Geographic Information Systems and Technology are utilized extensively in the business sector and have become a strategic element for competition and partnering. Although the traditional digital map layers and tables remain at the core of business GIS, the spatial architecture in firms now includes location analytics, location intelligence, AI, machine learning, imagery, social media linkages. Cloud-based solutions provide platform flexibility, centralized data, and potential to roll out user-friendly webGIS across large segments of business users and customers. GIS is well suited to the digital transformations that are essential for firms, large and small. With these advances, GIS has become prominent and its function has moved upwards in companies’ organizational hierarchies, with enterprise GIS even being recognized in the C-suite. UPS is an example in which GIS is now a critical corporate competitive factor. In spite of these successes, a gap remains in the supply of skilled spatial workforce for companies. Business schools can contribute by changing by school leadership “getting it” about spatial, bringing GIS into the mainstream curricula, developing training for business faculty in teaching, conducting research in location analytics, and populating student body and alumni base with knowledge and enthusiasm for spatial thinking and management.
- GIS as a Growing Element in Business
- GIS for Operations and Location Intelligence Decision Support
- Trends in GIS for Business
- Challenge of Supply of Workforce in Spatial Business: GIS in Business Schools
GIS in the contemporary business context: the scientific foundation of providing a spatial capability that brings spatial information, insight, analytics, and knowledge to the organization (Pick, 2008; Tomlinson, 2013; Pick et al., 2022).
Location Analytics: advanced analytics tools relating to space, such as spatial data mining, machine learning (ML), advanced network analysis, and artificial intelligence (AI), which complement and expand on traditional techniques of visualization, elementary spatial analysis, and spatial statistics (Raad, 2019)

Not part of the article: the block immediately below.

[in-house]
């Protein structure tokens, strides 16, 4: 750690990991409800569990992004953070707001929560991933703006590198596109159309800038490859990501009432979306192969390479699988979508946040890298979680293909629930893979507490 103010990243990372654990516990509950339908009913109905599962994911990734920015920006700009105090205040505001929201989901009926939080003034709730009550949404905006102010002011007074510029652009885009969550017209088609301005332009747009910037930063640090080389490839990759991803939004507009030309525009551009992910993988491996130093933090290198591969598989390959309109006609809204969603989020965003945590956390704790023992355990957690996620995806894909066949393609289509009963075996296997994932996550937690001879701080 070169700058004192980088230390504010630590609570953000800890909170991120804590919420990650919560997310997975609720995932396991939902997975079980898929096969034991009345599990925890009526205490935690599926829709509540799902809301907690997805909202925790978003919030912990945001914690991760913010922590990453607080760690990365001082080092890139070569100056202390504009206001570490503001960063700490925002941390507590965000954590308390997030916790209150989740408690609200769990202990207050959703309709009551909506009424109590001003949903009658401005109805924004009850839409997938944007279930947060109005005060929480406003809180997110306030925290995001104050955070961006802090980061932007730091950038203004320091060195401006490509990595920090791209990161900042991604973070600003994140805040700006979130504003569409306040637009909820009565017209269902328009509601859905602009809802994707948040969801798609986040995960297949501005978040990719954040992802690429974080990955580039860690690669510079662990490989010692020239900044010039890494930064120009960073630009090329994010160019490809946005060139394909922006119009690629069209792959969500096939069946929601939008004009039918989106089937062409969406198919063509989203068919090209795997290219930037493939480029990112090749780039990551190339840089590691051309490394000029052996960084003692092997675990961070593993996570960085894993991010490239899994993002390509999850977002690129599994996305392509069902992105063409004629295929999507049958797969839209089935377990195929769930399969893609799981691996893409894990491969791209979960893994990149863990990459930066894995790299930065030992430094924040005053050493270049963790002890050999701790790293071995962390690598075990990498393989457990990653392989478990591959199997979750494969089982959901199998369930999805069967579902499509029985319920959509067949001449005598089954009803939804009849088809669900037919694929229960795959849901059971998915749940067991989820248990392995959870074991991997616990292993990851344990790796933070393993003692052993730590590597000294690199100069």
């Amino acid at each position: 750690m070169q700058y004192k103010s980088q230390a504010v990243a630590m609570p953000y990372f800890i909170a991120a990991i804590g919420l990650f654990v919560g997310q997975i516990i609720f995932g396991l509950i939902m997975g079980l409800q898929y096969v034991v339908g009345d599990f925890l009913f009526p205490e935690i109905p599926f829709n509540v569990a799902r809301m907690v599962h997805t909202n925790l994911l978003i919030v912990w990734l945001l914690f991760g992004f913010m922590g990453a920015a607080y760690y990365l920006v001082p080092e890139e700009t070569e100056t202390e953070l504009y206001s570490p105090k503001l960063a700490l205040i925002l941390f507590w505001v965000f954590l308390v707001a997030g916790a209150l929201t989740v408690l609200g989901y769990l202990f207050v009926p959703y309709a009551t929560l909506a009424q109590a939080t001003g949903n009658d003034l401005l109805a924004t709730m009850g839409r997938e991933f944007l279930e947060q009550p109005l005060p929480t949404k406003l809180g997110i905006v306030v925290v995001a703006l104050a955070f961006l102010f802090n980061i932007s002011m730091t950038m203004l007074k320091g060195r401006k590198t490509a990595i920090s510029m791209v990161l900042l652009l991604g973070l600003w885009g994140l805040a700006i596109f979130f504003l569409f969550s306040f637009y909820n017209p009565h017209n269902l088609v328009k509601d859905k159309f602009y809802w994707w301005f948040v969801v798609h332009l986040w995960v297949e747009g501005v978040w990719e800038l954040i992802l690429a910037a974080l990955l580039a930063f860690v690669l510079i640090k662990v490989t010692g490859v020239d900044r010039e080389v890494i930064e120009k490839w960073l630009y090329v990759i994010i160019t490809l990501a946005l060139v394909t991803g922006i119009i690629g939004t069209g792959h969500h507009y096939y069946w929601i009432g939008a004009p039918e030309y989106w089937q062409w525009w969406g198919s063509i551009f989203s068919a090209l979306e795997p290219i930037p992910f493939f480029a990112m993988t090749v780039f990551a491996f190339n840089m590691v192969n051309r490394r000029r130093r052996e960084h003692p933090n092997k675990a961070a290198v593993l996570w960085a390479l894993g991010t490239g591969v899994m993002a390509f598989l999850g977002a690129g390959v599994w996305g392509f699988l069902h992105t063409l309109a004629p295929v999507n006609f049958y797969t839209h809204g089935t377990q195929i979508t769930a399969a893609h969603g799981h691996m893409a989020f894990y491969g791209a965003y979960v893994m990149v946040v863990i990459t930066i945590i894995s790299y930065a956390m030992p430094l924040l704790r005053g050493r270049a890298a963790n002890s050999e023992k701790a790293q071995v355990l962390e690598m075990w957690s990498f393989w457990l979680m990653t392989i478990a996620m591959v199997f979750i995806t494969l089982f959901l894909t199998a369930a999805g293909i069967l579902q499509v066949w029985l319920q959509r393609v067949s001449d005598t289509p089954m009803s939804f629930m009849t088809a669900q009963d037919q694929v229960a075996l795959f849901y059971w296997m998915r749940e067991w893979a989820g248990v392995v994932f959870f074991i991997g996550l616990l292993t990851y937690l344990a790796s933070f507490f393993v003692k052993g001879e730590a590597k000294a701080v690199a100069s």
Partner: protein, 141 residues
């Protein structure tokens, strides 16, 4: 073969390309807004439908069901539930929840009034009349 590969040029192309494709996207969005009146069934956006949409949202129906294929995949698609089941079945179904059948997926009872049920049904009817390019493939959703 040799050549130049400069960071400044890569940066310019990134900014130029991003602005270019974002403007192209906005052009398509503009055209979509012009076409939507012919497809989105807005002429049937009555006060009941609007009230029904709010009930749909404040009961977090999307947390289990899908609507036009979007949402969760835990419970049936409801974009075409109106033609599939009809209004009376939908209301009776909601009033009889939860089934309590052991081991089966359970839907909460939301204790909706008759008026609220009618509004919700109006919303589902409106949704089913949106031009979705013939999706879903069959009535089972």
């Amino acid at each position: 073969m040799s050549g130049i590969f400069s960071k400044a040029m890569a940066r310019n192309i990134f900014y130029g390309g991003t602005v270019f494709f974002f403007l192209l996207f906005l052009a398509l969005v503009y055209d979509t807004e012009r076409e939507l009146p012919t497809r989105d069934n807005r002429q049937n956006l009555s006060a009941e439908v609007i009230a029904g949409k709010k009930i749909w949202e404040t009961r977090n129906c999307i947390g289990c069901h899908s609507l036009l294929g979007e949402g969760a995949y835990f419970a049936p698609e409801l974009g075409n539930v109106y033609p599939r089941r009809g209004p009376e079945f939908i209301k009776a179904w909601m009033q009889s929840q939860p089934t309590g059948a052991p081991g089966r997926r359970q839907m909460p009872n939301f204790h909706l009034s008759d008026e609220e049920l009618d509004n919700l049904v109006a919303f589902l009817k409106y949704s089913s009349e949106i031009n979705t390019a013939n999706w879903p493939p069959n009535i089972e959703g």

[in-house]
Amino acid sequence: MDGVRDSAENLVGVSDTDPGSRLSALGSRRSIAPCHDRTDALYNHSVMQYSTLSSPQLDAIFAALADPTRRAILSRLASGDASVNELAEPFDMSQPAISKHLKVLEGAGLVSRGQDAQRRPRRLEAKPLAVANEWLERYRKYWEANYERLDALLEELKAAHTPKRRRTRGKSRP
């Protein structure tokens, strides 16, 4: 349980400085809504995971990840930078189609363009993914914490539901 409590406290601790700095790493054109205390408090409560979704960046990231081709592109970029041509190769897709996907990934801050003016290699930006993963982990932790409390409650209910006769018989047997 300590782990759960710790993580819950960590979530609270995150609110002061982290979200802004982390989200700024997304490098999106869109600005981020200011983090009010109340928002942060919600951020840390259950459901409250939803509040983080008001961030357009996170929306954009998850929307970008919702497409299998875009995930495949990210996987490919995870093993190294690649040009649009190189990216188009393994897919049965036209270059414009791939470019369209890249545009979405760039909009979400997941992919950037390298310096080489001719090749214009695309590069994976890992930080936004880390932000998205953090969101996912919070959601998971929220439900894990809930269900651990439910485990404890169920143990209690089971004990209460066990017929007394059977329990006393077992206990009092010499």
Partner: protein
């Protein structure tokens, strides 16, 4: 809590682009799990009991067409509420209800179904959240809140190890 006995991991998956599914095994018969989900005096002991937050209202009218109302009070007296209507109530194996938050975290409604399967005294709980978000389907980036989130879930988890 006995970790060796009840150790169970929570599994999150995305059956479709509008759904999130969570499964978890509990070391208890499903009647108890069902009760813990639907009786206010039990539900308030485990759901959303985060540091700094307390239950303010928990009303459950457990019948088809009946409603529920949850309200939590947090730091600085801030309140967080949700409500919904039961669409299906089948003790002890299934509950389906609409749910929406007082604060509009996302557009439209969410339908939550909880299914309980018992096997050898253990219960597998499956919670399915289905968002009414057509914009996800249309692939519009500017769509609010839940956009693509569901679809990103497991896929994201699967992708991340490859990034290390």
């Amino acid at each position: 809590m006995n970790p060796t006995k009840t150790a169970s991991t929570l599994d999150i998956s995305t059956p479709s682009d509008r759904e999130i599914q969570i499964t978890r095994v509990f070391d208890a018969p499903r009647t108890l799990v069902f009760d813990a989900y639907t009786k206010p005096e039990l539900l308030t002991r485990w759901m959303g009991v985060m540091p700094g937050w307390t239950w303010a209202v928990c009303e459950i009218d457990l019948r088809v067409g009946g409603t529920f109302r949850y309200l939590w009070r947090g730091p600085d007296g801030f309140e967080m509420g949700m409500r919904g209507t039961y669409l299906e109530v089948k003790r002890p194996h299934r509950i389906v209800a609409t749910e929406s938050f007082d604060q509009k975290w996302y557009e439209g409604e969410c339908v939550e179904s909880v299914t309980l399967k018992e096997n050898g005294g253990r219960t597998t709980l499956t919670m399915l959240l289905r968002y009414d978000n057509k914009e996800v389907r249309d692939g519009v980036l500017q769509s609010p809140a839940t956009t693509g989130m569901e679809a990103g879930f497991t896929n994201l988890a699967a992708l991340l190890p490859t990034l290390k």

Location Intelligence: a broad concept that encompasses all the elements that support decision making, which include the outputs of location analytics, shared information and maps, and data, which together assist managers in making a spatial-informed decisions (Kantor, 2018).
Geographic information systems (GIS) is becoming a critical aspect for companies as it permeates more business applications and, at the same time, becomes very fast, server-based or cloud-based, more user-friendly, and less expensive per user. This article defines and introduces GIS in the business context, considers two of its key business functions of supporting operations and decision-making, looks at contemporary trends, and examines management and strategies for GIS infusion in business schools.
A starting point is to define GIS in the contemporary business context. GIS in this article is the scientific foundation of providing a spatial capability that brings spatial information, insight, analytics, and knowledge to the organization (Pick, 2008; Tomlinson, 2013; Pick et al., 2022).. In this sense, GIS is at the core of how a spatially-driven firm creates efficiencies, productivity, and value for the company and its customers. As GIS has become more powerful, more advanced analytics tools relating to space have been developed, such as spatial data mining, machine learning (ML), advanced network analysis, and artificial intelligence (AI), which complement and expand on traditional techniques of visualization, elementary spatial analysis, and spatial statistics (Raad, 2019). Location analytics refers to all these tools. In addition, location intelligence is defined as a broad concept that encompasses all the elements that support decision making, which include the outputs of location analytics, shared information and maps, and data, which together assist managers in making a spatial-informed decisions (Kantor, 2018). Sometimes, the location intelligence is summarized in a dashboard i.e. a multi-panel display, often in real time, that includes maps, tables, graphs, charts and text.
GIS has been growing at an estimated rate for the geospatial industry of 13.8 percent for year 2020 (Geospatial Media and Communications, 2010). The geospatial industry is estimated to be valued at $429.8 billion in 2020 (Geospatial Media and Communications, 2019).